We must ask ourselves, which is the right side of history? ….That’s something worth remembering as this controversial case continues to be debated and his fate awaits the judgement of others.
I’ve been following the Edward Snowden controversy with considerable interest the past several months. Until very recently however, I hadn’t come to any conclusions as to what this all means, nor even formed much of an opinion on the matter — particularly on how Snowden should be judged.
He’s a complex figure and this is a complicated matter, to be sure.
This confession might surprise readers, because I normally have an opinion about everything, especially when it comes to politics, national security, and foreign policy — all of which are strongly tied to the Snowden case. I’d like to deem this neutrality as evidence of an open mind. That’s to say, I don’t rush to every Pavlovian whistle when the Left commands us to march in unison.
Maybe the time has finally come to throw in the towel on the Obama Administration.
Our vision for change now has cataracts. Neutered and scandal-ridden, President Obama seems about one more Charlie Sheen meltdown away from lame duckness.
In fact, President Obama isn’t a lame duck. He’s a dead duck. Politically speaking.
This isn’t entirely the President’s fault. The obstructionist traitors known as Republicans haven’t governed or lead so much as they’ve blockaded just about every major piece of legislation that has anything to do with challenging American oligarchy. Republicans would rather see America fail and the country suffer than to see President Obama succeed. At anything.
Moreover, President Obama has received little significant support or guidance from his own party allies, now mostly an ineffectual milquetoast group of Democratic leaders governing as “Republican-Lite.” If there ever was a groundswell movement to steer the country towards a more progressive agenda, it’s now vanished — at least until half the working class is stocking shelves for slave wages at Wal-Mart while paying a quarter of their income in health insurance costs, which is eventually going to happen the way things are going. Then just maybe, we’ll quit buying the lies of unfettered free-market capitalism and nonsense about living in “freedom.”
Writer’s Note: Earlier this week, I returned to Washington. D.C. for the first time in a long while. I lived in the District of Columbia and Arlington, Virginia (right across the Potomac River) for 12 years. So, my recent visit here rekindled some old memories.
The phone rang. This wasn’t a call I expected.
“Nolan, there’s an open seat tomorrow night in the game,” the voice said. “You want to come?”
“The game,” I asked? “You mean — THE GAME?”
“Deal me in!”
The voice and I agreed to meet the following afternoon at a hip downtown Washington bar on K Street where we discussed more specifics of “the game.” I was told this game was juicy, and I sure as hell needed the cash. Some wealthy, well-connected D.C.-insiders made up the regular player list. The game was spread a few times each month, usually on weeknights.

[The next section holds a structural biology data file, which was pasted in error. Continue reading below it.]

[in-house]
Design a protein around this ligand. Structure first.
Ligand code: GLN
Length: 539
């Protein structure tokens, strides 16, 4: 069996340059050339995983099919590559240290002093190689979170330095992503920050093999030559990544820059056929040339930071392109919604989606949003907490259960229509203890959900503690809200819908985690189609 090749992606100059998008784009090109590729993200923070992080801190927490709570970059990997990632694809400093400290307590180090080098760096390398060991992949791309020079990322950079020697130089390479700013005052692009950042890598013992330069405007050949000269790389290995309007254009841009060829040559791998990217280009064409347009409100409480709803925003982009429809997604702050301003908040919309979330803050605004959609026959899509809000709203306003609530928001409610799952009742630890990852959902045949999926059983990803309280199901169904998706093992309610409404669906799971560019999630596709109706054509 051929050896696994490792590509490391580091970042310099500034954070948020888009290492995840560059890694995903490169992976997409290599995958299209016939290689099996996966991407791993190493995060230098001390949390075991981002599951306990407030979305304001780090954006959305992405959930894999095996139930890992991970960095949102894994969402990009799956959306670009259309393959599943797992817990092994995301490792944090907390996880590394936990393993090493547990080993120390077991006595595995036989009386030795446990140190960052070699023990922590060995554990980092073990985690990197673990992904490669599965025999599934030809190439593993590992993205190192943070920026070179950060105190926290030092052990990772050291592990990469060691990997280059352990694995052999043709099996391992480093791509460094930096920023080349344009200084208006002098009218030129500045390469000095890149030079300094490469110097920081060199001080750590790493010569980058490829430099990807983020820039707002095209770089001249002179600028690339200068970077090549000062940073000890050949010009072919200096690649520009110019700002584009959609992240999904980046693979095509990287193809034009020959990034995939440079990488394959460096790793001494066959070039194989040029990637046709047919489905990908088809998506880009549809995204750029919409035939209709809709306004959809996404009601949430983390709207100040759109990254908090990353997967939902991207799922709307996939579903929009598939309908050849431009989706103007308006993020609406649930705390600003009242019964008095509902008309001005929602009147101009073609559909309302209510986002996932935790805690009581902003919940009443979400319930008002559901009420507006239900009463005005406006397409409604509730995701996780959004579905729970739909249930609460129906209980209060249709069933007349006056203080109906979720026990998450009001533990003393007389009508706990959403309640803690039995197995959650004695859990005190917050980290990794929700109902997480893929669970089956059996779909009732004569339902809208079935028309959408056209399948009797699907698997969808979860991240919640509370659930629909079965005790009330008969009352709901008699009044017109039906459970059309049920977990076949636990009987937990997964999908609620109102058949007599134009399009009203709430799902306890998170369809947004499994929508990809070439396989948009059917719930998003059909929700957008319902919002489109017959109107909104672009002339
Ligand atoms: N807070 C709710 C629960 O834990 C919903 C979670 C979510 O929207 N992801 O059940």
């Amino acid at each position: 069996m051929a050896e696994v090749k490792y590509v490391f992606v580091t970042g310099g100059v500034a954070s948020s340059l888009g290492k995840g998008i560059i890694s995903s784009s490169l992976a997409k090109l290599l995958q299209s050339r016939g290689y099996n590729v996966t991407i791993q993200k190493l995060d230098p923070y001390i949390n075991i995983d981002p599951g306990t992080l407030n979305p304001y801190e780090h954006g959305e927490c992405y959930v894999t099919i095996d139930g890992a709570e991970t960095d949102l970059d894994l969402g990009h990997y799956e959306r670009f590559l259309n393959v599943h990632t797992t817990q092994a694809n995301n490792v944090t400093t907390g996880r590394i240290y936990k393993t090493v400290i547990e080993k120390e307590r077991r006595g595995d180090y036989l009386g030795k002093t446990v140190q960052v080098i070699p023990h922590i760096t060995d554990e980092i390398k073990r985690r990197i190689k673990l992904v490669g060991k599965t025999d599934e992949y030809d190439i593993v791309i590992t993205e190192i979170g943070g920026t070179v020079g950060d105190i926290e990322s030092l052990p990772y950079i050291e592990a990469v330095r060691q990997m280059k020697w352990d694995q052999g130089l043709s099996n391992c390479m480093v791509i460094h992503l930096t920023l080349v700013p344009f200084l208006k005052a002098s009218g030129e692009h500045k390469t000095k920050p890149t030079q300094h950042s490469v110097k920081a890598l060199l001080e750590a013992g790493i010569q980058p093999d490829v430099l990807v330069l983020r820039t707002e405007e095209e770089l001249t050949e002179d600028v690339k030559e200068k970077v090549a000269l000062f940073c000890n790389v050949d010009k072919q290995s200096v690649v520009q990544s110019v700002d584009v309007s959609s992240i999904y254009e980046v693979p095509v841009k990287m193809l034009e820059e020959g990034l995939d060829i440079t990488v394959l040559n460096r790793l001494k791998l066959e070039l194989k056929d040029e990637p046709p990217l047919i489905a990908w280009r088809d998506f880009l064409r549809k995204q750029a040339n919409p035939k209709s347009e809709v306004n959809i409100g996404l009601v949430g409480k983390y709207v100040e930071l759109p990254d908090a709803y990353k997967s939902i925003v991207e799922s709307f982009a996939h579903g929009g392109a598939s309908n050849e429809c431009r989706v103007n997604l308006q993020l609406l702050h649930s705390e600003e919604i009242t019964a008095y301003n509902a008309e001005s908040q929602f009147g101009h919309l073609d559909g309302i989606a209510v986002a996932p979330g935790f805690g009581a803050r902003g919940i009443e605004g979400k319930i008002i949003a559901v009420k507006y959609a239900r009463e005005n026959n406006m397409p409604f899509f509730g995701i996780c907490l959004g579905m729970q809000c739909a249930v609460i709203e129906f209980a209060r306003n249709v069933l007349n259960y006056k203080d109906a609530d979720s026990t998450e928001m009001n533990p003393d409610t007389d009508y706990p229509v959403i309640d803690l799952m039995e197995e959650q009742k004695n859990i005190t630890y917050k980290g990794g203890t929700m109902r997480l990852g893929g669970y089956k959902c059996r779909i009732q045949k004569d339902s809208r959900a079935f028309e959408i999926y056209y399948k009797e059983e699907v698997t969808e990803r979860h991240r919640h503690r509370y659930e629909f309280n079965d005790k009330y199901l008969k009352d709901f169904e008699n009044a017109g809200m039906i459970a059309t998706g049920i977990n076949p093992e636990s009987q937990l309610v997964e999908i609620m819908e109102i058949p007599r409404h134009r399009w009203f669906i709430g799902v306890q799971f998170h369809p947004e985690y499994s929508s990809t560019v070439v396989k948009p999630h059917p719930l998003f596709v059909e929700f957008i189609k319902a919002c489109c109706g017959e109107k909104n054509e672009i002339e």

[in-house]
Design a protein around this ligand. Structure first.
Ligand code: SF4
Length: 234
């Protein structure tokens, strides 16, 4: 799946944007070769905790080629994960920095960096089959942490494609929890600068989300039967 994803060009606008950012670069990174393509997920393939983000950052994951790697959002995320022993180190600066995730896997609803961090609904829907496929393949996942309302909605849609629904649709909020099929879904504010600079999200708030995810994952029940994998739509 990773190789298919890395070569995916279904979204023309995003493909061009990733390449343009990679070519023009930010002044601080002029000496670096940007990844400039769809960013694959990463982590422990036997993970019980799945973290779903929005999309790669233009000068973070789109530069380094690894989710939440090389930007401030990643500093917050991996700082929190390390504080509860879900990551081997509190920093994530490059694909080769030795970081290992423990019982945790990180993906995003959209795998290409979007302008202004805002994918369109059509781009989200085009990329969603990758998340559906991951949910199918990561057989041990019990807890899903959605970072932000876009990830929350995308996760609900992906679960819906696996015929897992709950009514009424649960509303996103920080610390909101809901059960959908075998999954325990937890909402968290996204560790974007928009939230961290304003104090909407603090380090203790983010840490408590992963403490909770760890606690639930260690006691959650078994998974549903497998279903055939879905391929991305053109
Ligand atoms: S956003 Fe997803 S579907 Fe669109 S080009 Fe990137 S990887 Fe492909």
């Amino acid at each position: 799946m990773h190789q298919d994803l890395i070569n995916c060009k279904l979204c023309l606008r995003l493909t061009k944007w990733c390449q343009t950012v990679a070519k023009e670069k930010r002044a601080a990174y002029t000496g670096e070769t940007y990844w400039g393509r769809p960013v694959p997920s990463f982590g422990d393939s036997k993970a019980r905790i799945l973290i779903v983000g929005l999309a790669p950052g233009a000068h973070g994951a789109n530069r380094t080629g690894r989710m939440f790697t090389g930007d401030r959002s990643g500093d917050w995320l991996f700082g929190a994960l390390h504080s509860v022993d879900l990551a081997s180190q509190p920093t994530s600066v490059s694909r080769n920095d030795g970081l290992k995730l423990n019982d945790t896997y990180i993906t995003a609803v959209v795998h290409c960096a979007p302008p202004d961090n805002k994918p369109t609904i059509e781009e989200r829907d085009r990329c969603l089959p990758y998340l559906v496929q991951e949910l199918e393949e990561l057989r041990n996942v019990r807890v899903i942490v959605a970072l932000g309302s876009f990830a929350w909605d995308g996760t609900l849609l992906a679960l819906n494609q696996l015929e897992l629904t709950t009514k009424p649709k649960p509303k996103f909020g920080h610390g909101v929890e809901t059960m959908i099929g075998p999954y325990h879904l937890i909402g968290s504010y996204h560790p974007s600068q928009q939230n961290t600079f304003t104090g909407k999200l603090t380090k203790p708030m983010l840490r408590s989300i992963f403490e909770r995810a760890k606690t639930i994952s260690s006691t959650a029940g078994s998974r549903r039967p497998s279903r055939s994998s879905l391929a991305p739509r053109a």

But what made the game really distinctive was it’s memorable location — at The Watergate.
IF WATERGATE DIDN’T HAPPEN, WOULD WE NOW HAVE UNIVERSAL HEALTH CARE?
Thirty-eight years ago tonight, President Richard Nixon resigned from the most powerful job in the world.
August 9, 1974 was a particularly muggy night in Washington, fitting for the national tragedy that was the final tortured two years of Richard Nixon’s doomed presidency.
Everyone in America knew what Nixon was going to say on television that incredible night — announcing to the world that he would become the first and only president in American history to resign from office. But until we actually watched it for ourselves, until we witnessed it, until we heard the President tearfully utter the fateful words, “I shall resign the presidency,” no one really contemplated the full force of gravity that was the tragedy and sorrow of that memorable night.
I was 12 years old when I watched Nixon’s resignation. During the spring leading up to that night, in school classrooms we watched the Senate committee hearings on Watergate, which were carried live on all three major networks. This was long before cable television, so everyone knew what was going on politically in this country, since that was all that was shown. And what grand theater it was — the nation’s first real reality show, with an astounding cast of characters, entwined in the gravest of controversies.
By the summer of 1974, just about everyone in America loathed Nixon — even Republicans. His job approval ratings hit an all-time low of 12 percent. Resignation was inevitable.
Richard Nixon was a divisive figure, to be sure, and very much remains so. He’s arguably the most vilified American political leader of the 20th Century by those on the left, and in the judgment of many. Perhaps, even deservedly so.
Yet behind his utter disregard for the U.S. Constitution during the crisis, and the crimes which eventually became known as the Watergate scandal, was a highly-accomplished man of tremendous intellect and great potential. Indeed, he very well might have gone down as the greatest LIBERAL since FDR, had his executive agenda not been diverted by the massive cover up and all-consuming series of events that led to his downfall.